Three weeks to write a 10,000-word dissertation? No problem. But Alison Newton discovered that her son has a terrifying talent for procrastinati on
"Mum, can I borrow your car? I'm leaving Manchester and I need the car to transport all the books I need for my dissertation. It has to be done by the beginning of next term."

It seemed such an innocent request but it turned out to be the start of a nightmare.

I was out when Oliver came home. The telltale signs were already there - clods of earth on the stairs and the inevitable grubby jacket flung down in the hall. From the sitting room the strains of Wagner rang out even more loudly than usual (this was his father's standard method of counteracting unwelcome pop music) "Oliver back then?" I called out, trying to sound cheery.

"Yes, he bloody well is. He's gone straight to the TV to watch some awful pop programme. I don't want to have supper with him if that's the way he treats me when we haven't even spoken to each other for 10 weeks."

We did eventually manage to sit down to supper together but the mood was tense. I enquired tactfully about the dissertation. All I knew was that it was to be 10,000 words, it was for the final part of his philosophy degree and it was due in three weeks.

"But what is it about?" I asked innocently. "You wouldn't understand," Oliver grunted. "What do you know about the nature of subjectivity and what it's like to be a bat?"

By lunchtime there was no sign of Oliver stirring. but by mid-afternoon the sound of his guitar came from the bedroom, disrupted every so often by slamming doors and heated arguments between father and son.

As the days rolled by and zero hour approached I began to panic. Whenever my husband Peter or I enquired as to how things were going, we got our heads bitten off. Once or twice, when Oliver was out for an drink with his mates, I searched his room for any signs of a written word. There were none, not even a sheet of A4 with a title.

The next day I nervously made an offer: "Ben, I'm not sure how far you have got with your dissertation, but can I do anything to help?

"Oh Mum, chill out and give me some space," was the reply.

I derived a grain of comfort next day when some friends come to dinner. Their son is also doing finals this summer - philosophy and physics at Oxford - and they said his dissertation wasn't quite finished. I dared not say that I wasn't sure that Ben's had quite started!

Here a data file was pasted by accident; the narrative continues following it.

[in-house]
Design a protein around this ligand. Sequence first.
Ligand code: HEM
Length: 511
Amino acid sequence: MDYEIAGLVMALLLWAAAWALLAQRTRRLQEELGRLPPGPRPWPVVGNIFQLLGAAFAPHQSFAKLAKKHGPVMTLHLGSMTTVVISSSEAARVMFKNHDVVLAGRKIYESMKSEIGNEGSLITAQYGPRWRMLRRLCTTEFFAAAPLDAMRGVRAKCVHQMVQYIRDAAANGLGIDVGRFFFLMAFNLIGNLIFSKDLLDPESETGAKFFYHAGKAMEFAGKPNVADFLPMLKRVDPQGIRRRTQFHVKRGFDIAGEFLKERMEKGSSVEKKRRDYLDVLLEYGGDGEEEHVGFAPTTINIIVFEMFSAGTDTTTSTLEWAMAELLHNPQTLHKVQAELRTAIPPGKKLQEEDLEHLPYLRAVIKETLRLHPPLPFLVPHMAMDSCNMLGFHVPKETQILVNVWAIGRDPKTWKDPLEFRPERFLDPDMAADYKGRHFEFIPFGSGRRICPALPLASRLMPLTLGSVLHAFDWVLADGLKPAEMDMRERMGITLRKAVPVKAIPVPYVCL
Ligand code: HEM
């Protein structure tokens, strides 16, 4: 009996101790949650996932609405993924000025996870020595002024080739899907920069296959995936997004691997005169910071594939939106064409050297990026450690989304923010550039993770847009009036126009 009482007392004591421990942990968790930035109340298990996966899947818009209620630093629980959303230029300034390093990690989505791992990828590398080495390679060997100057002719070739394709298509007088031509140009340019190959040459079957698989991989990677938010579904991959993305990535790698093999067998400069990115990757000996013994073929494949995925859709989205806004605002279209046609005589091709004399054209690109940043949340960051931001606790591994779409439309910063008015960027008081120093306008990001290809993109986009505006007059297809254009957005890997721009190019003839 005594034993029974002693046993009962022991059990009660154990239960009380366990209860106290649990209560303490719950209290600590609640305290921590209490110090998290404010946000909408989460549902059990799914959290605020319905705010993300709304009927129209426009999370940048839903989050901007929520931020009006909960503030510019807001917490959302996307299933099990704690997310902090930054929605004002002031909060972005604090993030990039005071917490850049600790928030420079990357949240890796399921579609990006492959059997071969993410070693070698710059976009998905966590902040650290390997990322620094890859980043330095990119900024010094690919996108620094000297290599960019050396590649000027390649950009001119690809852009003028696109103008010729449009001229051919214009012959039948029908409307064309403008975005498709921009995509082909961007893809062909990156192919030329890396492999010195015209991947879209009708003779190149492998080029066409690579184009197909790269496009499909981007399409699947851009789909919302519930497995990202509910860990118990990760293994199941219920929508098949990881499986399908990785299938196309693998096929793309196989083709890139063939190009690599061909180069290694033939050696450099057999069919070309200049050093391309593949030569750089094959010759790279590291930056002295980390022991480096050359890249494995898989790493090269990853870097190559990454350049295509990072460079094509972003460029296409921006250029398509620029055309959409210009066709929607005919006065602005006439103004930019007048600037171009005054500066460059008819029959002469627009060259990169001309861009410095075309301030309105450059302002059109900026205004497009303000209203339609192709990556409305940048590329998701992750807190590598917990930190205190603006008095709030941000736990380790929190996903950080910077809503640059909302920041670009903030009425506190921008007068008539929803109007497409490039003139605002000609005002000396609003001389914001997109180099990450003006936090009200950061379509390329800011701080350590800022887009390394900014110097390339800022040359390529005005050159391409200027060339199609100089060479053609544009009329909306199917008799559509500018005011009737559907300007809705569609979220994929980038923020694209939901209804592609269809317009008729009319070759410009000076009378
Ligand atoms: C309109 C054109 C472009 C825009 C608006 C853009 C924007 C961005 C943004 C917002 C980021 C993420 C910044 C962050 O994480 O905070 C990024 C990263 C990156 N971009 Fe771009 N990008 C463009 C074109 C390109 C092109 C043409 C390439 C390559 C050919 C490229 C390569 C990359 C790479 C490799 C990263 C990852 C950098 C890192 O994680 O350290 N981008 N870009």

Two days to go and blind panic began to set in: "Look, I know what hell you are going through. I wouldn't redo my degree for a million pounds but you know how vital it is to get a good degree. You are working aren't you?"

The message seemed to hit home. I was not the only one who was panicking. Wednesday morning and the dissertation had to be in by 5pm on Friday. I offered to cancel all engagements and drive him back to Manchester if that would help. No, he would get the 1pm train on Friday.

The next 48 hours were a nightmare. Oliver was at the computer day and night with just the odd break for guitar playing.

Friday morning dawned. Oliver was still at the computer, looking ashen with exhaustion after two nights and two days without sleep (why oh why could he never learn?). No chance for sustenance.

The clock ticked relentlessly on and on; 11am and I heard the distant sounds of the printer being set in motion.

Then at around 11.30am there was an agonising shout from above: "Mum, help me. The printer doesn't seem to be working."

We were due to leave for Euston at 12.30 at the latest, and I was making sandwiches for the journey. I screamed out to my husband to PLEASE come to the rescue. "Why on earth should I? It's his own fault for leaving it to the last minute."

My worst nightmare was coming true. Ben's dissertation would be disqualified for not being in on time.

I went up to the computer, breathed deeply and said a prayer through gritted teeth. Inexplicable windows and icons appeared before me. More prayers and more pressing of buttons. At about 10 past 12 the printer began whirring and the first page of script slowly but surely was disgorged.

"Ben, quick, pack your things and then load the car. Don't say a word but I think I've got it going."

At 12.35pm the final sheet spluttered out of the printer. I grabbed the sheets of paper and shovelled them into an old manila folder. How different, I reflected, from the wonderfully bound dissertation that my elder son had presented at Durham 10 years earlier. We piled into the car and drove off at breakneck speed.

As always, when one is racing against the clock, there were the inevitable traffic jams, roadworks and red lights. Not a word was uttered between mother and son.

I needed every ounce of my failing middle-aged concentration to get to Euston on time. Of course, there was nowhere to park as we approached our usual back entrance to the station. We double-parked with the flashers on as I screamed to Oliver to please at least put the folder into his hold-all before making a dash for it. I envisaged the final scenario: my son running for the train with the pages of his dissertation wafting like autumn leaves onto the rails below.

I drove home in a state of shock, with my heart still thumping. I dared not even contemplate the fact that he might have missed the train.

It is now five days on, and I presume that no news is good news. But do we really have to go through such hell for our children? Was the agony of this last-minute rush worth it simply to find out what it is like to be a bat?